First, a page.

Jocelyn: Guess what! The answer is no, none of us know how to dougie, but we’re in Boston right now, and we’re staying with our friend Jonathan Schoeck who did the illustrations for the Prodigal Daughter EP cover and the posters, and he’s in a great band based out of Boston called Larcenist. Anyway, he used to be a breakdancing B-Boy, and whenever we come over we talk about dance moves with him. So you asked the perfect question for where we are, because if anyone’s going to teach us how to dougie, he totally knows how to dougie, and he could teach us if we wanted to learn from him.
That’s amazing! Yeah, I can’t pick up choreography for the life of me, so I think even if I were willing to learn how to dougie, I don’t think that’d be a wise move on my part.
Jocelyn: Yes, we are open to dougie-ing.
Good. Well the next one is for “Hot Volcano.” So, growing up, TV and movies always made it seem like the paper mache volcano was THE go-to science project for everyone ever, so I always wanted to build one as a kid. My question for you is: did YOU guys ever build an impressive paper mache volcano in the name of science?
Jocelyn: Yes! I totally did! I made one in sixth grade, and it wasn’t even for school; I just wanted to make one really badly. (Laughs) And I remember my mom wouldn’t let me do it in the house, because she didn’t like cleaning up after the messes that other people made, which is understandable. So she made me do it outside, and I got this table, and I made this whole thing, and I BEGGED my mom to buy food coloring, which, it only cost like a dollar, but for some reason it was one of those things she’d never spend money on. But I convinced her to buy food coloring, and I made my volcano purple, because I’d always kind of wanted to see a purple volcano, and then I invited my friend over because we were going to do it together. And the explosion…I think what I did was I made the actual cavern too deep, like I used a soda bottle and had cut the top off, and it was too deep and the mouth was too wide, so it didn’t get any of the eruption qualities that I wanted. It just kind of fizzed over the side, and it was so disappointing! (Laughs) But it was purple.
Which is all that matters! How about you, Jeremy?
Jeremy: I never did one. I just did the little tornado where you take two 2-Liter bottles and put them together and spin the water around inside. And then I looked up facts about tornadoes because I was forced to. But it was interesting, and then Twister came out shortly after that.
Oh, Twister. What quality cinema that is.
Jocelyn: I thought you were talking about the game. (Laughs)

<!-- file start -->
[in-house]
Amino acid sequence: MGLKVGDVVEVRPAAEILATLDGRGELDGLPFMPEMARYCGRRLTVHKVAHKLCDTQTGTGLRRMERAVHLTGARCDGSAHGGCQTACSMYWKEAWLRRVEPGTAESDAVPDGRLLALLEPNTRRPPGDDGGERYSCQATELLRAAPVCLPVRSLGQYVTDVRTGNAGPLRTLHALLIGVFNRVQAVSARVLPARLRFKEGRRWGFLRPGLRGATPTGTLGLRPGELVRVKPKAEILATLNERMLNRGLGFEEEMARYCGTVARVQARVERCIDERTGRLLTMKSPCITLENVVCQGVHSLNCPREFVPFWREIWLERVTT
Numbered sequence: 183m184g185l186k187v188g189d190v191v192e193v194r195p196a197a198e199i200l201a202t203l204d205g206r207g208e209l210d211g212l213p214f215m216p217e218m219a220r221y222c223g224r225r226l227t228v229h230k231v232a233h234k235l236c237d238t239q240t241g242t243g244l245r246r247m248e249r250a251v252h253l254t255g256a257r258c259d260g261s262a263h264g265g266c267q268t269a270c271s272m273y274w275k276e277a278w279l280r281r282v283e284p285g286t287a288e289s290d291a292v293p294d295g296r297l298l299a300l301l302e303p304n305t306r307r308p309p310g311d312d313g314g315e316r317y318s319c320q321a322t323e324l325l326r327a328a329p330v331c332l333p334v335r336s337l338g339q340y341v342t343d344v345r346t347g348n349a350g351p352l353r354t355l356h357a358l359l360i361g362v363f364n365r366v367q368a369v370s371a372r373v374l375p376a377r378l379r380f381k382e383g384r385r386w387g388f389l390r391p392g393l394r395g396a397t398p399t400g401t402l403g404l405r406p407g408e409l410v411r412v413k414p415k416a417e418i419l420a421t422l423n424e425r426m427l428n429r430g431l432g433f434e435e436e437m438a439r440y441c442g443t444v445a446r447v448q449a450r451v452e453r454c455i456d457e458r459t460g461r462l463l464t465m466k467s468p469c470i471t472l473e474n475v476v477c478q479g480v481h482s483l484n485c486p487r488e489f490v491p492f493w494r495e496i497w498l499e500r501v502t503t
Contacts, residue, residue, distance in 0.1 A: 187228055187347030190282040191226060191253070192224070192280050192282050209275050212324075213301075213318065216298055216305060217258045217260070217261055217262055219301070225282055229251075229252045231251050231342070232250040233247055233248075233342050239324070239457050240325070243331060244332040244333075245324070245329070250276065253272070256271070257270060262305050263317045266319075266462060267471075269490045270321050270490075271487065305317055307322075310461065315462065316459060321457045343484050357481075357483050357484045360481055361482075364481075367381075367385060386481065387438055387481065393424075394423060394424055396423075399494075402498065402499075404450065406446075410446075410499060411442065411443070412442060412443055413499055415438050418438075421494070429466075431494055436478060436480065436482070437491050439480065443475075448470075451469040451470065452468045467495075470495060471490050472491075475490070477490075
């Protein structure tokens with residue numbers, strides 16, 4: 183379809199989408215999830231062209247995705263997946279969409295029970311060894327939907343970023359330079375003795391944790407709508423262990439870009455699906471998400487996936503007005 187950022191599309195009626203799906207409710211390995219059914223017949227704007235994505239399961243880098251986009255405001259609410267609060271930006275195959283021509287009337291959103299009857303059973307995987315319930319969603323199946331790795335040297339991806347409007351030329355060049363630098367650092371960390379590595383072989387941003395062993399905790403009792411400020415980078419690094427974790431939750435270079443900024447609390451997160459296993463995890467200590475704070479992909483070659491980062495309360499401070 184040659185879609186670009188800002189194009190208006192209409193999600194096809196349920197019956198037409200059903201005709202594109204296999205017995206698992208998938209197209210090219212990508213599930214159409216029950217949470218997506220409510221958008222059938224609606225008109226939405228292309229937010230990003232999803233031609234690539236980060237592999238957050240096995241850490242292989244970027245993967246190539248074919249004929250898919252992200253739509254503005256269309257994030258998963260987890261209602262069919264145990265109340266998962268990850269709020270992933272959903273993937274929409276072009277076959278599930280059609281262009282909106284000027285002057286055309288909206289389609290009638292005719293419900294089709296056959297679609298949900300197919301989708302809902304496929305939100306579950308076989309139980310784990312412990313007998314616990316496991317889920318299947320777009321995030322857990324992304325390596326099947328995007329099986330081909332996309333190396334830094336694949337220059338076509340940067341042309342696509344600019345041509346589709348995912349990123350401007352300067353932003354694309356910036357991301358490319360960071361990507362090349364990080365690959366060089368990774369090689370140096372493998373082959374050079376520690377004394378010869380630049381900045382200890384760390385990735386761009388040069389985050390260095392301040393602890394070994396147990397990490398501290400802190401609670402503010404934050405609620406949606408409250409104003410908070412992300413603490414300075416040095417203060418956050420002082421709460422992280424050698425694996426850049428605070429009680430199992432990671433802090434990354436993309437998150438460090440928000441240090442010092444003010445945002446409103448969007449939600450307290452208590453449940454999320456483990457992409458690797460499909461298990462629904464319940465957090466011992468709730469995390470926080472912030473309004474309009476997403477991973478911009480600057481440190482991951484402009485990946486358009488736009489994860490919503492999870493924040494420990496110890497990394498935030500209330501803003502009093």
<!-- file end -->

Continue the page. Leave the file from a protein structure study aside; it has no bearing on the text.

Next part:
Alright, so the next one is “Voice In My Throat,” and obviously you guys already have really nice voices, but if someone put a spell on you and you woke up with a new voice, whose would you hope it would be?
Jeremy: James Earl Jones.
Jocelyn: Soterios Johnson.
Well as long as it’s not Gilbert Gottfried…
Jocelyn: (Laughs) I love how we both just had instant answers.
Jeremy: Wait, who’s Soterios Johnson?
Jocelyn: Soterios Johnson is the morning news anchor on WNYC. (Laughs) He’s a guy. I wouldn’t have a singing career anymore, but…
Jeremy: Yeah, me neither. I would just do a lot of voice-overs. Or be James Earl Jones’ understudy. I remember growing up I actually thought I would get that low voice.
Maybe one day. It could still happen. Okay, so the next one is for “Mistakes,” and this one could be a little more serious than the first three, but what are some of the mistakes you’ve made (if any) career-wise that you might warn other people against who are just starting out?
Jocelyn: That’s a great question.
Jeremy: Oh man. Damn you! (Laughs) Making me get all existential right now!
Jocelyn: It’s a really good question. Mostly because we’re flawless and we’ve never made any mistakes…(Laughs)
Oh yeah, totally.
Jocelyn: Well, one thing that kind of comes to mind is…how do I say this…it sounds kind of trite, but trusting your instincts is really important. So if something smells fishy, it probably is. When we started out four and a half years ago, the music industry was different then. It was just a short time ago, but things were definitely different; I mean, people were still using Myspace to find each other, you know? Things have changed very dramatically since then, and so I think because of that, musicians are kind of thrown into this world where some people (be it fans or labels or managers or whoever) are just trying to cling onto a model that’s totally obsolete. Some people are more willing to be creative and innovative, and are aware of the changes that are happening, and they try to work with them instead of fighting against them. And I think that maybe one mistake that we made was trying to hang onto that old model for too long, just because we didn’t feel like we knew enough to make our own decisions; we felt kind of tethered to people who we thought had the answers, but really no one knows the answer, and no one knows what’s best for you and your band better than you. So you have to trust yourself, and trust yourself that you’re smart. Not just trust your instincts, but trust that you’re smart and that you know what’s best for yourself, because that’s the best way that you could possibly spread your music. It took us a long time to feel comfortable with that, and so that would be the mistake, then; I wish that we’d felt more confident.
Good answer, good answer.